Arts nonprofit visionary Teresa Wash trusts her instincts. When she found a dusty, unoccupied warehouse space in Oak Cliff after moving her nonprofit arts group from Atlanta in the 1990s, her instincts told her to make it a theater. The building became hers in 2005. Almost 20 years later, community supported, award-winning TeCo Theatrical Productions serves and impacts more than 15,000 adults and children each year via seasonal multi-cultural programming and student outreach.
When a young award-winning playwright suggested Wash consider mounting a stage production of Josefina Lopez's 1996 play Real Women Have Curves as her major fall production, her instincts told her to do it. She invited the young playwright to direct it. It opens this Friday.
Alexandra Bonifield interviewed Teresa Wash and director Jonathan Norton to get the inside scoop about what promises to be an entertaining, culturally relevant performance.
What is your play selection process and why did you decide on Real Women Have Curves?
Teresa Wash: We normally start our season with an original full-length play by a local playwright. This year we wanted something different that might engage a new element of our community. We're in a largely Hispanic area; many residents have never come to our theater. When Jonathan suggested Real Women Have Curves, about five Latina women in a dress shop, it struck me as the ideal vehicle for us.
What inspired you to ask Jonathan to direct it?
TW: Jonathan has real directing talent. I recognized it while he was rehearsing his entry to our 2011 Playwriting Festival. He'd entered one-acts several times before, and his 2010 entry 84 won our Literary Prize. But he'd never directed. His quirky sense of humor totally engulfs an audience. His direction of The Last Supper had people rolling in the aisles and won our Ninth Annual Playwriting Contest this February. I thought he should direct the Lopez play.
I met Jonathan shortly after I first moved to Dallas. He was the stage manager for a children's show that I wrote and produced, and since then Jonathan has honed his craft and become one of the most talented playwrights and directors I know. He was an alternate for the Yale School of Drama twice. He is a recent graduate of Southern Methodist University's Masters of Liberal Studies program. Early in 2011, he was a semi-finalist for the Eugene O'Neill National Playwrights Festival, and his play My Tidy List of Terrors just received a staged workshop at the Black & Latino Playwrights Conference at Texas State University in San Marcos a few weeks ago. His is so under the radar in Dallas and the world is about to see what a literary treasure we have in this young man. I'm so humbled and grateful that he has remained connected to our theatre all these years.
How did auditions go, and who is the play's audience?
TW: The cast includes five strong Latina women, ages 18-65. Women auditioned that knew the play from its 2002 film and were fired up to take part. None had ever been in our theater before. The play takes place in a women's dress shop. Its main character is a Mexican-American teen struggling to reconcile body image expectations from the Anglo culture with her own body and Latino culture. Anyone interested in cultural conflict and resolution told from a multi-generational perspective should find this play engaging.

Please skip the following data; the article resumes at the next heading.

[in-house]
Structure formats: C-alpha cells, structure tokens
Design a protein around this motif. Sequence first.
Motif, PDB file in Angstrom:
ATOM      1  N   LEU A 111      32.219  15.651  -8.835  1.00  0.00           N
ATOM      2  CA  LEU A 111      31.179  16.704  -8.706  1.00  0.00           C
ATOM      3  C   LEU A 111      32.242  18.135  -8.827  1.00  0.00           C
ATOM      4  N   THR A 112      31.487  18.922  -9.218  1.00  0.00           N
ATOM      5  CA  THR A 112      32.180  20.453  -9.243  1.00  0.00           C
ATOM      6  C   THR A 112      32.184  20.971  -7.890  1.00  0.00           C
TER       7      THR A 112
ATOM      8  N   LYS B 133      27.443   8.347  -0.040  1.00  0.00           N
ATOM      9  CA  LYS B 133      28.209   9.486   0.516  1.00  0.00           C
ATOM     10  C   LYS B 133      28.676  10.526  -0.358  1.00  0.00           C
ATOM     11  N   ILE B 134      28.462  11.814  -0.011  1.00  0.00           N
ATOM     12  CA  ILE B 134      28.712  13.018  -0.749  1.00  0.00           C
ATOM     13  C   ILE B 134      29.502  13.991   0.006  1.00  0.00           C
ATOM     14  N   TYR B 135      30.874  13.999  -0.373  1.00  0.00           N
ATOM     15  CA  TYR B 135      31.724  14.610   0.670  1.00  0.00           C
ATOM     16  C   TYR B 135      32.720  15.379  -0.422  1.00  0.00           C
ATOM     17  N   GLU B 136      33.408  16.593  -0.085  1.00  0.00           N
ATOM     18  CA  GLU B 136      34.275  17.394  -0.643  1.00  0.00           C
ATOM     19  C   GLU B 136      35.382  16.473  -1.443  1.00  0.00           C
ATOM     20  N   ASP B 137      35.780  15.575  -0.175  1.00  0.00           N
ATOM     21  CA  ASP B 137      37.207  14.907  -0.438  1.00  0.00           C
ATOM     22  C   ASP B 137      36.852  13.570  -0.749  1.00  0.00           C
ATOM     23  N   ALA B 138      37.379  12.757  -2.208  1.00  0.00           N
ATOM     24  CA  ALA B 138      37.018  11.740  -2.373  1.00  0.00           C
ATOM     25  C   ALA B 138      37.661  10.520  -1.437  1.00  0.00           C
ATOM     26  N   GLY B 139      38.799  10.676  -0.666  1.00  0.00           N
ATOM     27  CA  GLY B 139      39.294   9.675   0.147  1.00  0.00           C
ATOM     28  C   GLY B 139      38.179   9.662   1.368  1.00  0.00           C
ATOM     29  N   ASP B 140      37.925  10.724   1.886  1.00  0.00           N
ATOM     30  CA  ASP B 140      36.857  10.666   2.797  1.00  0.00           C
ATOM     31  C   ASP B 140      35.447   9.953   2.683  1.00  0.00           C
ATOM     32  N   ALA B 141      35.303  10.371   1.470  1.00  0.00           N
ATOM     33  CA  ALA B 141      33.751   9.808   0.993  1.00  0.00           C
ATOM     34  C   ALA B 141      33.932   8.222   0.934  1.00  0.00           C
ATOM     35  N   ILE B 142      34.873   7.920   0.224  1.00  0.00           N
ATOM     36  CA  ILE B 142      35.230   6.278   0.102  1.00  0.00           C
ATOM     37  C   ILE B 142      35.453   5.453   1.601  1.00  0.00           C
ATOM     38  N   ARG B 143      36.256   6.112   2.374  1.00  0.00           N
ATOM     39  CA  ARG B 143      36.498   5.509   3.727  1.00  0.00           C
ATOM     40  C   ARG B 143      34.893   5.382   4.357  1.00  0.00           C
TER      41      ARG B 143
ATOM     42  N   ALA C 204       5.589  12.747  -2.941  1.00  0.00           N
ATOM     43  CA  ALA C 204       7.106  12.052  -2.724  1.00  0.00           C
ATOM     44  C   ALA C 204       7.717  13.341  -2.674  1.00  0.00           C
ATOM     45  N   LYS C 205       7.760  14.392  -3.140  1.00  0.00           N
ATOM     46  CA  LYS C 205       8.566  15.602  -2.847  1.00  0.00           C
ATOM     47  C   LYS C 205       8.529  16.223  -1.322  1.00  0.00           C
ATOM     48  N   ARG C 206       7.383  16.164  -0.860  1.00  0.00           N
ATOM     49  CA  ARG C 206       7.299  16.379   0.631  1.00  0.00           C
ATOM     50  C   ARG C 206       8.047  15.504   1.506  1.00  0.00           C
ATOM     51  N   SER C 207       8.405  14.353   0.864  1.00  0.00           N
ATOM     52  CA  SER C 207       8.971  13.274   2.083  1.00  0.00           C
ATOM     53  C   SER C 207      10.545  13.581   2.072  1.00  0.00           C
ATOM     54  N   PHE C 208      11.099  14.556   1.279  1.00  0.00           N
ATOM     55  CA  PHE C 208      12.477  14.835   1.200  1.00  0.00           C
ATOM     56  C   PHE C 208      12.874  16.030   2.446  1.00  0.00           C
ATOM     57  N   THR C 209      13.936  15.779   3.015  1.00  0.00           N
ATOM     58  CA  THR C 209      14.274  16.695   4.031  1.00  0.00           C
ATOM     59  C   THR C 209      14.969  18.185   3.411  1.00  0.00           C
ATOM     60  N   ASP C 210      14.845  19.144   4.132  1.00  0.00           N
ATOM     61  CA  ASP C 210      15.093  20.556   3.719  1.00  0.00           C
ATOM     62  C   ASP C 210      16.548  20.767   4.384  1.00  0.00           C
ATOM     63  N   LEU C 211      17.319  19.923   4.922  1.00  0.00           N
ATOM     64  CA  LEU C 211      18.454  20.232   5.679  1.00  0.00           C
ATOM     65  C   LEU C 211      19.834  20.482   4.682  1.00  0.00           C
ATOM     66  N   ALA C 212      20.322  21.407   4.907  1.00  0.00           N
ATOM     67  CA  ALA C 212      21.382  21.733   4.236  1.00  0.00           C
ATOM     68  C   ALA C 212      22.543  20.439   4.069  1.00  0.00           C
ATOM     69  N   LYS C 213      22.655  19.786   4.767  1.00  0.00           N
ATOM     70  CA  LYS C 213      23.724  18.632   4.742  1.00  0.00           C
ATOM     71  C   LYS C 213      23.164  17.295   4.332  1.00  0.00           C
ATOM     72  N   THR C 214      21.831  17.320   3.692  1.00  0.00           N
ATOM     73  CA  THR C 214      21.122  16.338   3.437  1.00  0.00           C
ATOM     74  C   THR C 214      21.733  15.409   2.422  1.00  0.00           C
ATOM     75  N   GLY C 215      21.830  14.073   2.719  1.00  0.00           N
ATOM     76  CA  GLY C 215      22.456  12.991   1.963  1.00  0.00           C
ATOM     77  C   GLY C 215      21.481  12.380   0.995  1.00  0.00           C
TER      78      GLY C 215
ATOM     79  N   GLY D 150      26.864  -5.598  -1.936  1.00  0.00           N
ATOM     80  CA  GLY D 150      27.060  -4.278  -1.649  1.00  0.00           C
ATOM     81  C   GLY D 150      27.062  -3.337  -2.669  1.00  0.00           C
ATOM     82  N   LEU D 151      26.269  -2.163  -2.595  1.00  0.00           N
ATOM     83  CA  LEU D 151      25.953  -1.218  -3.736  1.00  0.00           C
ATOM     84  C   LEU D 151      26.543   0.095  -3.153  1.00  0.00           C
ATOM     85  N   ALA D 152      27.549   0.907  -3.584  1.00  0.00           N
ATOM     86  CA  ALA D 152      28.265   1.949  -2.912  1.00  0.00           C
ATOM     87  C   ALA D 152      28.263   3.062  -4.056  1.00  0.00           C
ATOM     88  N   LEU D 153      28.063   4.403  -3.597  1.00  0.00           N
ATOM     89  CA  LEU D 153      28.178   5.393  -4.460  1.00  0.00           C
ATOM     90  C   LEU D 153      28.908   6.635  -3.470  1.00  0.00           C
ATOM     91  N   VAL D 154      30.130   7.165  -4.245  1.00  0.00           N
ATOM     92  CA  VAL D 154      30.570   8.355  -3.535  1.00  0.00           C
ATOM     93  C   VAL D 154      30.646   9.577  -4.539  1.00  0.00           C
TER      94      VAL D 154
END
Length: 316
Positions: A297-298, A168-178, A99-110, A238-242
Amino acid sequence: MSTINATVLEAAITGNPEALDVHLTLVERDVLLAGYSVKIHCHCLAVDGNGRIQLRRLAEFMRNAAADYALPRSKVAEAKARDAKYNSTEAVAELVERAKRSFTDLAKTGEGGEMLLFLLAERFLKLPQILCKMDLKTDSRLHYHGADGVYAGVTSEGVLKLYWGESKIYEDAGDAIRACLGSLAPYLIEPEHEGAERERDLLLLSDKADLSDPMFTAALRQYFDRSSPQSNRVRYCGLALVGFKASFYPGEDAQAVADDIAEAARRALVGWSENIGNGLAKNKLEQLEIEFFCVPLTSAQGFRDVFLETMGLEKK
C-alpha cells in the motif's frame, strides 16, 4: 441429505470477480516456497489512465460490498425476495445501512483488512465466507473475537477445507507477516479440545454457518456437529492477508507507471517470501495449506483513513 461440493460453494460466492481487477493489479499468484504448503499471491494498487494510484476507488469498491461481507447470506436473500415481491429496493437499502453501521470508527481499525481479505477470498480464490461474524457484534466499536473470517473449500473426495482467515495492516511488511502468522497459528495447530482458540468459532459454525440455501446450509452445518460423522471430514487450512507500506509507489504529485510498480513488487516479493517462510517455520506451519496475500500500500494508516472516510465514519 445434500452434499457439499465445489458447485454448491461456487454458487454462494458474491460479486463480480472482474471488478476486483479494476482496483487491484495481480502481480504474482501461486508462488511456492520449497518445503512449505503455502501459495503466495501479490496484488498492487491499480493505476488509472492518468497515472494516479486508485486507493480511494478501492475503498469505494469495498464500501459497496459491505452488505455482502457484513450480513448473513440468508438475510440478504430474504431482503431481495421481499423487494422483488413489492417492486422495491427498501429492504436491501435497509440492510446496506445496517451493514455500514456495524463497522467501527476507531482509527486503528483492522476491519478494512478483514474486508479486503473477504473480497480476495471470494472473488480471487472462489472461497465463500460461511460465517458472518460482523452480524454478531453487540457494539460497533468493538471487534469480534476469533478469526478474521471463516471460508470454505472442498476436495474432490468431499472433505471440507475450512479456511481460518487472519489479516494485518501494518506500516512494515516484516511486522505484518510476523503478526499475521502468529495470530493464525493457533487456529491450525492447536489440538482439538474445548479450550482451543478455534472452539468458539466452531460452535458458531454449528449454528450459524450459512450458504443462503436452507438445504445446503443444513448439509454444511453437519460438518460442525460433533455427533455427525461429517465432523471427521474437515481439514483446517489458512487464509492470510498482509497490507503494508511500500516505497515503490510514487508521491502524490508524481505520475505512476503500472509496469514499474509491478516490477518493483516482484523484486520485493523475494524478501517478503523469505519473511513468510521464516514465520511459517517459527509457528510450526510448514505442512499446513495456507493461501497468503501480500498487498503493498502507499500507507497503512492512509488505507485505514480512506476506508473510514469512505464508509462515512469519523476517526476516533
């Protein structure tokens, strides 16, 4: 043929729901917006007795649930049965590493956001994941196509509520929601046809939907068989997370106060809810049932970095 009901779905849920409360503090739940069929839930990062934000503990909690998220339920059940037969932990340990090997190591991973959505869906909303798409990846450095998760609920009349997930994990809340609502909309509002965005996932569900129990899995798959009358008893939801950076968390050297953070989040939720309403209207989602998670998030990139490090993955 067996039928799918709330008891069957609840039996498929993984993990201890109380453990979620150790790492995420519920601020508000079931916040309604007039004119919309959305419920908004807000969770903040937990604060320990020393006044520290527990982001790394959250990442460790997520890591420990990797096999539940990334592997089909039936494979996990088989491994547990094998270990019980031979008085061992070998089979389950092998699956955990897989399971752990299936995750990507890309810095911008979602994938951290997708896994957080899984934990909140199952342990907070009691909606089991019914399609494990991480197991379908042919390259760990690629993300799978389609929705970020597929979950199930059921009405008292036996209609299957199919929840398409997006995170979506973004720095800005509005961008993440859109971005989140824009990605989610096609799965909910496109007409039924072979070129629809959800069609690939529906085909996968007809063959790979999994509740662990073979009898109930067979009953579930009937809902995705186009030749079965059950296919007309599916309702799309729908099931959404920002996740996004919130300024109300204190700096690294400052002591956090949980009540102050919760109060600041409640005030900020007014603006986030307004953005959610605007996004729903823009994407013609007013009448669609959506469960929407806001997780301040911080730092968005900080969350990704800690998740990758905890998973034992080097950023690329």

What got you started in theater?
Jonathan Norton: I performed in August Wilson's Joe Turner's Come and Gone at Theatre Three while I was at the Booker T. Washington [High School for the Performing and Visual Arts]. Its poetry captivated me. I went on to Marymount Manhattan College in New York and studied directing. After I came back to Dallas I enrolled in SMU's MLS program, studying playwriting with Gretchen Smith, creative writing with Gary Swaim and a civil rights segment with Dennis Simon.
How did you feel about directing Real Women Have Curves?
JN: It occurred to me that this play was perfect for TeCo, given all the family-owned dress shops up and down the street next to it. I mentioned it to Teresa. She surprised me by asking me to direct it, as she'd only seen me direct my one-act. I was concerned at first about the cultural aspect; how could an African-American director direct five women in a play about Latina culture? But it's been fine. Coming from outside the culture has allowed me to bring in a clarifying perspective, keeps the audience in mind.
How hard was it to cast?
JN: Amazing. It seemed like the play's dynamic characters just walked through the theater door. The lead actress' accent is chilling; it's so beautiful, yet her character desperately seeks assimilation, not recognizing her own power and uniqueness as a Latina.
Was anyone in the cast an actual seamstress?
JN: No cast members were seamstresses before. Each has her own sewing machine with its own personality and sound in the show, like imaginary "scene partners."
How are you incorporating the neighborhood dress shops?
JN: Our costume designer is Pedro Perez, artistic director of Allegro Ballet Folklórico. He visited the dress shops with filmmaker Philip Morales to shoot behind-the-scenes and observe what goes into building the lavish dresses they create. We're turning the entire stage at TeCo into a recreated dress shop based upon what we've learned.
What do you hope the audience will take with them from seeing your show?
JN: I hope they will recognize the beauty and purity in all cultural traditions and that my actors' performances will help humanize the challenges of immigrant experience.
◊ Here is TeCo's promo video for the production: